How is the ocean filled?

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Gebbie, Geoffrey A.
Huybers, Peter
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Water masses
Deep-water formation
Physical oceanography
Ocean pathways
Inverse methods
Steady-state circulation
The ocean surface rapidly exchanges heat, freshwater, and gases with the atmosphere, but once water sinks into the ocean interior, the inherited properties of seawater are closely conserved. Previous water-mass decompositions have described the oceanic interior as being filled by just a few different property combinations, or water masses. Here we apply a new inversion technique to climatological tracer distributions to find the pathways by which the ocean is filled from over 10,000 surface regions, based on the discretization of the ocean surface at 2° by 2° resolution. The volume of water originating from each surface location is quantified in a global framework, and can be summarized by the estimate that 15% of the surface area fills 85% of the ocean interior volume. Ranked from largest to smallest, the volume contributions scaled by surface area follow a power-law distribution with an exponent of −1.09 ± 0.03 that appears indicative of the advective-diffusive filling characteristics of the ocean circulation, as demonstrated using a simple model. This work quantifies the connection between the surface and interior ocean, allowing insight into ocean composition, atmosphere-ocean interaction, and the transient response of the ocean to a changing climate.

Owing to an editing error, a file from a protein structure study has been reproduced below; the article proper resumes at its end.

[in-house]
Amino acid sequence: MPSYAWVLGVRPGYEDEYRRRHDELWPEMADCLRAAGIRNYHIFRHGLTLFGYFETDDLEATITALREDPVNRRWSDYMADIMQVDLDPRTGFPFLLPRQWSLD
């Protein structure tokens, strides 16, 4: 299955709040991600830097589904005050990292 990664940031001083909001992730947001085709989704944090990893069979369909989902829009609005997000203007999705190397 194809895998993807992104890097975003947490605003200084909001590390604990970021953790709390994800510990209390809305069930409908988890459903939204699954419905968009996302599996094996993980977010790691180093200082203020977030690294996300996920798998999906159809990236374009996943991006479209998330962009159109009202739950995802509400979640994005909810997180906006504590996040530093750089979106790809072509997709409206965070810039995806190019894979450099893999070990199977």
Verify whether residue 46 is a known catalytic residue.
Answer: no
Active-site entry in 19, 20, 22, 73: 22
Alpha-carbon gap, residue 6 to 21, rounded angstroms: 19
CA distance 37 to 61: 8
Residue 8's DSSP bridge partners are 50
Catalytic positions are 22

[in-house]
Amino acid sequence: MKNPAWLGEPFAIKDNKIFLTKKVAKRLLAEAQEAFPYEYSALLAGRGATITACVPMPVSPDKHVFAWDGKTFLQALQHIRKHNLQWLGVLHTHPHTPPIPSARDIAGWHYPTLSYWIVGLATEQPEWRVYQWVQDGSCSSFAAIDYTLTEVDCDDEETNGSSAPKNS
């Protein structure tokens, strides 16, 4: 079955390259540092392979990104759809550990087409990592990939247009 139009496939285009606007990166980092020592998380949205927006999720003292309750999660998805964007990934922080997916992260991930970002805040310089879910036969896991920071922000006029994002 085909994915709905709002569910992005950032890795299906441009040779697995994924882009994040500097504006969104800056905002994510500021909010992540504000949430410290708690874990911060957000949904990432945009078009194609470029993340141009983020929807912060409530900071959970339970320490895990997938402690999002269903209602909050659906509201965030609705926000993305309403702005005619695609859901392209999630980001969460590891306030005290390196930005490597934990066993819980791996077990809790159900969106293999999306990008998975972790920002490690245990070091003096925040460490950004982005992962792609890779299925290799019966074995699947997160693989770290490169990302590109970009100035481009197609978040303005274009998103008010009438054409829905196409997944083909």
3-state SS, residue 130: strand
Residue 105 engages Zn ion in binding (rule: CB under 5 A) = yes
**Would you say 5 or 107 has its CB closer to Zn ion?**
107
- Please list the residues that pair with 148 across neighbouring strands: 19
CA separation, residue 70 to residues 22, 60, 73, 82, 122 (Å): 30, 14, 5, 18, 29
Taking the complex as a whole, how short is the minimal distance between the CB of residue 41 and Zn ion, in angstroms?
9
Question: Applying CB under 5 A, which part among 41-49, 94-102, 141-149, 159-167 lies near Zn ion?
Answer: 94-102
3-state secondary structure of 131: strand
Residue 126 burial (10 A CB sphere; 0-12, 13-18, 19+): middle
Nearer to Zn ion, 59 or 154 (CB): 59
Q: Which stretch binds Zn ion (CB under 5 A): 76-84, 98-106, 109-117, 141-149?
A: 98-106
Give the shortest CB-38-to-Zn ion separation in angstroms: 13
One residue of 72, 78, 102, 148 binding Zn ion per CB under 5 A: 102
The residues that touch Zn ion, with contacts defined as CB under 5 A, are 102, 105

Author Posting. © American Geophysical Union, 2011. This article is posted here by permission of American Geophysical Union for personal use, not for redistribution. The definitive version was published in Geophysical Research Letters 38 (2011): L06604, doi:10.1029/2011GL046769.
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Geophysical Research Letters 38 (2011): L06604
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